“Everyone’s got their issues. Be thankful food allergies are all you have. If that’s the worst thing in your life, we’re really lucky.”
This is what I often tell my kids. I don’t want them feeling sorry for themselves and on some level I don’t think they really have the “right” to. They understand. They accept that having food allergies is a challenge, but it is what it is… and it could be a lot worse.
Some of you may not agree. My 3 kids’ food allergies – peanuts, tree nuts (2), dairy (2), egg, and sesame – seem much more manageable than what I know many of you deal with. For some, the list of allergens is much longer, the dining much more restrictive (corn, soy, other less well-known allergens, etc.), and/or the allergy sensitivity much more severe (inhalation, etc.). So in no way do I want to minimize how difficult the daily food allergy challenges are for many families, nor do I want to diminish the feelings of ANYONE dealing with food allergies – we all cope differently. However, every now and then I see something that makes me believe even more strongly that my kids are in fact lucky.
It seems that almost every child I know or come across these days has some issue (actually, that’s not just reserved for children). There are those with significant maladies better known to the general public like juvenile diabetes, leukemia and other cancers, autism, and more. There are those with very challenging “hidden” diseases like various forms of mental illness and I’d even include distressing or dangerous family dynamics, etc. And there seem to be more and more children growing up with less well-known and rare issues – some that are quite severe, lifelong, affect very few people and very little research dollars. I have come across a disturbing number of children suffering in this last category.
So in light of all that, yes, I feel my children are lucky.
I was given another reminder the other day from a member of our very own food allergy community. Last Tuesday – March 5 – I shared on the AllergyEats Facebook page a Wall Street Journal article entitled “Food Allergy Advice for Parents: Start Peanuts, Eggs and More Sooner.” Now, I won’t go into my thoughts on the content of that article here (go to the Facebook page to see more), but one of the reader comments really struck me and filled me with compassion, sadness, and optimism – all in 5 simple sentences. Let me share the comment from Susan Callahan here:
As a 70-yr-old with a life-long peanut allergy, I feel I have come from prehistoric times into a new world of allergy awareness and knowledge. In my childhood I was ridiculed in school and my parents took me to my family doctor who did not know how to help. Somehow I survived without epipens and coping skills almost with just sheer instinct and luck. I wished I had lived more fully, traveled without fear and taken more opportunities in life. I say to today’s parents give your food-allergic child coping skills and the information to fly like a bird (with an epi under his/her wing).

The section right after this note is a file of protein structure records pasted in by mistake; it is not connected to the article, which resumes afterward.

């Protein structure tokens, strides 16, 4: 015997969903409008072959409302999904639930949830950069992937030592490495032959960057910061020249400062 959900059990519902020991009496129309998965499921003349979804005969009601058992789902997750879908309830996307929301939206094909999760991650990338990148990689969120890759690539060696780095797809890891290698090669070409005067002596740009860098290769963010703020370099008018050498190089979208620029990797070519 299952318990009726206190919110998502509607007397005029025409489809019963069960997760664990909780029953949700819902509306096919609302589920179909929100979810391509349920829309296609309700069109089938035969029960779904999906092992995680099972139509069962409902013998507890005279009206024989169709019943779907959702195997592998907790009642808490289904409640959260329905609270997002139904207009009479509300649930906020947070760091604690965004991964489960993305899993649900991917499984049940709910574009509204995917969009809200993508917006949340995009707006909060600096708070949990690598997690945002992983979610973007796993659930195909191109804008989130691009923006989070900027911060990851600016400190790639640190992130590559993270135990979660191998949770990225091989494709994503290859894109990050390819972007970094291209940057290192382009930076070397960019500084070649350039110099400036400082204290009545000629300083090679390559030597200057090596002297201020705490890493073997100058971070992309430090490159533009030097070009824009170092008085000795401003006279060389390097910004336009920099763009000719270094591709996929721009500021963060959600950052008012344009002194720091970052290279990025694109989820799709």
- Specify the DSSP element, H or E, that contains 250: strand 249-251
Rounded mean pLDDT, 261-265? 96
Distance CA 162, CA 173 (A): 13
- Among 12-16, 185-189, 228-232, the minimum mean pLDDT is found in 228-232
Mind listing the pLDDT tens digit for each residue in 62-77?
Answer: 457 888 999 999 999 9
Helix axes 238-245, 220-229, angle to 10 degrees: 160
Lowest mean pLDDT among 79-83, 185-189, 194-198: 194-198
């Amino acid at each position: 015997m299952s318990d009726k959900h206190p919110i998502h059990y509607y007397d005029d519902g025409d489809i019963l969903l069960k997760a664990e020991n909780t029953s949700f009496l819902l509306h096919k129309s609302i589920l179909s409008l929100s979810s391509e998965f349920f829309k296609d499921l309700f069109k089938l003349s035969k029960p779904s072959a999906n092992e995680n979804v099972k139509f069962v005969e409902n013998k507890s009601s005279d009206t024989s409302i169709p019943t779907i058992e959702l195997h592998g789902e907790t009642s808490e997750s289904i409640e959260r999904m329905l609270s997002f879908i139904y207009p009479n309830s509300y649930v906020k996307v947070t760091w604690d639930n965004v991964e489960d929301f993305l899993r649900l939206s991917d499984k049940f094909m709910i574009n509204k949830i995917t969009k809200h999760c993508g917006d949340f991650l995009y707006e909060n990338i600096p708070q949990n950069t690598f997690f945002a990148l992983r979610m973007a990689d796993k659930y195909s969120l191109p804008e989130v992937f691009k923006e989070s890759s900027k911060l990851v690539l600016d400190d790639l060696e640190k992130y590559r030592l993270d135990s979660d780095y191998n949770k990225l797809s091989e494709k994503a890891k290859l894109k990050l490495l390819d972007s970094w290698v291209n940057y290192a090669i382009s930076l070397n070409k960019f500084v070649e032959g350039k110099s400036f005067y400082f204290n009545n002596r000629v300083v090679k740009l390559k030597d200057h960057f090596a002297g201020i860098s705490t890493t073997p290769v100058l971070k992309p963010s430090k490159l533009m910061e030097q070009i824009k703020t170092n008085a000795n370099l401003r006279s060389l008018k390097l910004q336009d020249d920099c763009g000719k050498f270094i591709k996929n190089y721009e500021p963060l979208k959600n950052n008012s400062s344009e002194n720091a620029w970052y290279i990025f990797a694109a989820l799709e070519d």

My children are tremendously lucky by comparison. The world is obviously more knowledgeable about food allergies. We also have the benefit of a life saving medication at our fingertips that can be self-administered or administered by millions of trained non-food allergic individuals.
“I wished I had lived more fully, traveled without fear and taken more opportunities in life.”
Words my children will never have to say because of their food allergies.
I wish I could thank Susan Callahan for this touching reminder of how thankful my family should be. I hope many of you agree. And my deepest compassion goes out to those whose daily food allergy challenges are just too overwhelming to feel the same. Please try to be encouraged by the tremendous research taking place to help desensitize, if not cure, our kids and our community.
I’d love to hear your thoughts. Please share them in the Reply box below.
Please also remember to share every one of your dining experiences on the core AllergyEats site or (free) smartphone app. This is a great way to help our entire food allergy and intolerance community. Just 1 minute and 3 multiple-choice answers is all it takes to review a restaurant and make AllergyEats a more valuable tool for all of us.